Shaking her head she went on, “It’s to cheer me up and make sure I’m all right, even after he’s gone.” Ginny paused and smiled at him serenely. “But banging on about your dreadful experiences in the afterlife—“ she closed her eyes and giggled—“really takes the cake, though.”
Harry cleared his throat and smiled in an embarrassed fashion. Apparently some topics were always uncomfortable, regardless of when and where you were.
“Part and parcel of my ‘saving people thing’, I guess,” he responded in a subdued voice, running a hand over his hair self-consciously. Oh yeah. His braid. Flinging it over his shoulder, he began to study it again.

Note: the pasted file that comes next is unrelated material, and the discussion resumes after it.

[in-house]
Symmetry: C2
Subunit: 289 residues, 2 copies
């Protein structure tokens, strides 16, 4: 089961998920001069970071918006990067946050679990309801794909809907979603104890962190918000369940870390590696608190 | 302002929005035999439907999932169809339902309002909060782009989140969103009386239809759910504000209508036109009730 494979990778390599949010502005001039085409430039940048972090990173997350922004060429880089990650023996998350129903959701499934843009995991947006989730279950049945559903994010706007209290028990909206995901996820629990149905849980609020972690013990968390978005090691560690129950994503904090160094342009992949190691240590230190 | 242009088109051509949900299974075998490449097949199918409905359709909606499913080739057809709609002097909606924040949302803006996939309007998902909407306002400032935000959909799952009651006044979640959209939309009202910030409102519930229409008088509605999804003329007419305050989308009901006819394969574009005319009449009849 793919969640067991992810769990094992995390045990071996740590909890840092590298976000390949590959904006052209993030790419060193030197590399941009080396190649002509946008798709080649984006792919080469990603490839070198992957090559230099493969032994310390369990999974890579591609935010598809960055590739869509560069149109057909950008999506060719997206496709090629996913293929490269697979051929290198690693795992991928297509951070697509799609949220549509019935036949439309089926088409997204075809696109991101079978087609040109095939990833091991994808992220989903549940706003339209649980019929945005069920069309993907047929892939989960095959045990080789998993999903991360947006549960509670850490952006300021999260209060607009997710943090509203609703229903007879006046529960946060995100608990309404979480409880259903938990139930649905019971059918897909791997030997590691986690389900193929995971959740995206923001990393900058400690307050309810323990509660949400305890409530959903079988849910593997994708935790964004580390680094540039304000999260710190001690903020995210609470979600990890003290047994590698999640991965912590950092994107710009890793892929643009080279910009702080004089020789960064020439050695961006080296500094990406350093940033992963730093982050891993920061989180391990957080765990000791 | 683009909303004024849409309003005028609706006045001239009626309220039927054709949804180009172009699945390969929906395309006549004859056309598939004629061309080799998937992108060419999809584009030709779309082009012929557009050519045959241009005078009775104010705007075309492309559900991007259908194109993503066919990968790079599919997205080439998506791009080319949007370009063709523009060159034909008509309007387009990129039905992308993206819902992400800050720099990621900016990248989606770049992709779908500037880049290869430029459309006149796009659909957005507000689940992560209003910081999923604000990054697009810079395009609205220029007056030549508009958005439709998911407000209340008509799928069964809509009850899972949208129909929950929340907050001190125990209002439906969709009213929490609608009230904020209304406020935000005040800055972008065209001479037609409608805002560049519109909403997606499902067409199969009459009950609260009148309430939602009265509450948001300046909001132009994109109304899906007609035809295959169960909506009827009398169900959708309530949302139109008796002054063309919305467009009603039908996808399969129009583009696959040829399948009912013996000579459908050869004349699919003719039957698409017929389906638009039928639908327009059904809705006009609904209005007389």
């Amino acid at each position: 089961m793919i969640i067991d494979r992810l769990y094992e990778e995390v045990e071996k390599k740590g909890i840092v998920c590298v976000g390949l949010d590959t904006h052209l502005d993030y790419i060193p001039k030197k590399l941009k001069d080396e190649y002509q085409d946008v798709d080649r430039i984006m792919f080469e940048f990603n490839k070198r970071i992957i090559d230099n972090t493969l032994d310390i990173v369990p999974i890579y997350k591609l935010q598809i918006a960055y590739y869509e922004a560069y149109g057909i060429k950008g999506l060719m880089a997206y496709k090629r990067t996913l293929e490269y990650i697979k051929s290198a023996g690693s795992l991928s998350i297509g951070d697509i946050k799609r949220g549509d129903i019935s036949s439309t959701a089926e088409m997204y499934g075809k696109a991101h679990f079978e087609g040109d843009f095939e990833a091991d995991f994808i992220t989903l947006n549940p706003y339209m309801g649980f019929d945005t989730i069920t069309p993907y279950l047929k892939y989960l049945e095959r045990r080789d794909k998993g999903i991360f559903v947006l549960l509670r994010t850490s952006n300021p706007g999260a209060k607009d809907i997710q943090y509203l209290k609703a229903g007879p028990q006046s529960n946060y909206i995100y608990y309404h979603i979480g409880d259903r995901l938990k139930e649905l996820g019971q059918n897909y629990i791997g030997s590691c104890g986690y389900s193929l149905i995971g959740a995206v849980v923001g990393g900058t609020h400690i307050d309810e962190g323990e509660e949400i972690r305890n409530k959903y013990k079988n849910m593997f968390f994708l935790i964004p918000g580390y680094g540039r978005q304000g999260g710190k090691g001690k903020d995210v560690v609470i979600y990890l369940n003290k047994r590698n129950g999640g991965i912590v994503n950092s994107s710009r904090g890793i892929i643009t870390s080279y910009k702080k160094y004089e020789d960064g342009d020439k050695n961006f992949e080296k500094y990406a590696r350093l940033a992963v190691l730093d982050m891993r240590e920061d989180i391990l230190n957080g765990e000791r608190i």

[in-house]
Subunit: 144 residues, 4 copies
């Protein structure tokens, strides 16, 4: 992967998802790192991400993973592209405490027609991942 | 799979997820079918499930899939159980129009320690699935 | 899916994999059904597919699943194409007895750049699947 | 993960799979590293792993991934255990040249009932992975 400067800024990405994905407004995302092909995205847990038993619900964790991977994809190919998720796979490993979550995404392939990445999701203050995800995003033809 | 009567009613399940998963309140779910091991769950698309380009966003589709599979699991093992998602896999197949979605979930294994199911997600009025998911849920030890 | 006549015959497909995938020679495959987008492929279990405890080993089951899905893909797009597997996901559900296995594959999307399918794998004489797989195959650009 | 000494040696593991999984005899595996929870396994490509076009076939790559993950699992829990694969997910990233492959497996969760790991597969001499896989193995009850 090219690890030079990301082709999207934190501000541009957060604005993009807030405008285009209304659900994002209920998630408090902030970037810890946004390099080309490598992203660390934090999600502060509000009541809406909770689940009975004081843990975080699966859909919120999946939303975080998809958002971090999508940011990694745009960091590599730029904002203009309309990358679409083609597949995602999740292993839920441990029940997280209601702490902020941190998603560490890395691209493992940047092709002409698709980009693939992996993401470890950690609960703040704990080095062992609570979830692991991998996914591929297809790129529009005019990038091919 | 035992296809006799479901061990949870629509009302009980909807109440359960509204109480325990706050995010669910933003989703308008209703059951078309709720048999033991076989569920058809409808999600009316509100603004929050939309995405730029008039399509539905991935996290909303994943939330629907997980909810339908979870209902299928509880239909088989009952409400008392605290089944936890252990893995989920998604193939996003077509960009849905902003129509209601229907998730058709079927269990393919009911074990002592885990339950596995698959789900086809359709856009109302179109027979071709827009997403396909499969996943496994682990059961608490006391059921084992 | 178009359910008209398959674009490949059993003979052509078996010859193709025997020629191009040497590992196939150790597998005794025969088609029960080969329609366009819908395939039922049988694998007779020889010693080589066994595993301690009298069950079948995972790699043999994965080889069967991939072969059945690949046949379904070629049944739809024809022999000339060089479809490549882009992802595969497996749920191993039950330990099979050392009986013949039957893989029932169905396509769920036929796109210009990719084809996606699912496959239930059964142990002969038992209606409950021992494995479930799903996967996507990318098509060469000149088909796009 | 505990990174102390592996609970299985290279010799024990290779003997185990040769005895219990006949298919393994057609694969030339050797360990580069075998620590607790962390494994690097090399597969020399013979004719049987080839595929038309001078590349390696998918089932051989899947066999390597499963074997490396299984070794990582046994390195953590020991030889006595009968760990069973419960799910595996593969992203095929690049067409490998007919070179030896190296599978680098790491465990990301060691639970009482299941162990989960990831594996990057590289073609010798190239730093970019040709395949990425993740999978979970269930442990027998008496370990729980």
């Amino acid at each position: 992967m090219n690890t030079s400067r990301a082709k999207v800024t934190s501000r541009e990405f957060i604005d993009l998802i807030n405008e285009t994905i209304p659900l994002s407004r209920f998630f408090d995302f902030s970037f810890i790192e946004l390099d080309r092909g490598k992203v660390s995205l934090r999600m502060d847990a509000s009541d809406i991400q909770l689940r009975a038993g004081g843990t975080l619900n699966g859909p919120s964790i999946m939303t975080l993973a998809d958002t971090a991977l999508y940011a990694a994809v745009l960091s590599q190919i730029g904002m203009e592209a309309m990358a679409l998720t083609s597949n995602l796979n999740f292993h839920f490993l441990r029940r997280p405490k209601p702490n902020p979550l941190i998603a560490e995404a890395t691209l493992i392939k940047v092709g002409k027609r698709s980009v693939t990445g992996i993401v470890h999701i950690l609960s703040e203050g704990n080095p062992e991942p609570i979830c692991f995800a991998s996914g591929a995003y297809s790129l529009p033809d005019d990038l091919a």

“Spiffing new ‘do,” Ginny said lightly, “but I can’t say it’s really you though, no offence. ‘Just Quidditched’ is more the universally recognised Harry Potter style.” He snorted darkly at her and rolled his eyes.
“Thanks loads, ol’ chum. Anyway, I wouldn’t know how it looked. I haven’t seen my reflection since before I got it. Feels pretty stupid and conspicuous, however.” He shook his head resignedly. “You wouldn’t believewhere I picked it up, though,” Harry went on conversationally.
“Oh, I already know the answer to that,” Ginny answered, nodding. “It’s quite obvious.”
He looked at her sharply, wondering if she were kidding around again. But she gazed back at him unblinkingly.
“All right,” Harry challenged. “How can you possibly know that?”
“I can know—“ she turned and reached under her robes on the grass—“because of this.”
Harry gaped at the object in her hands. She was holding the very gift box that had contained his adoption documentation!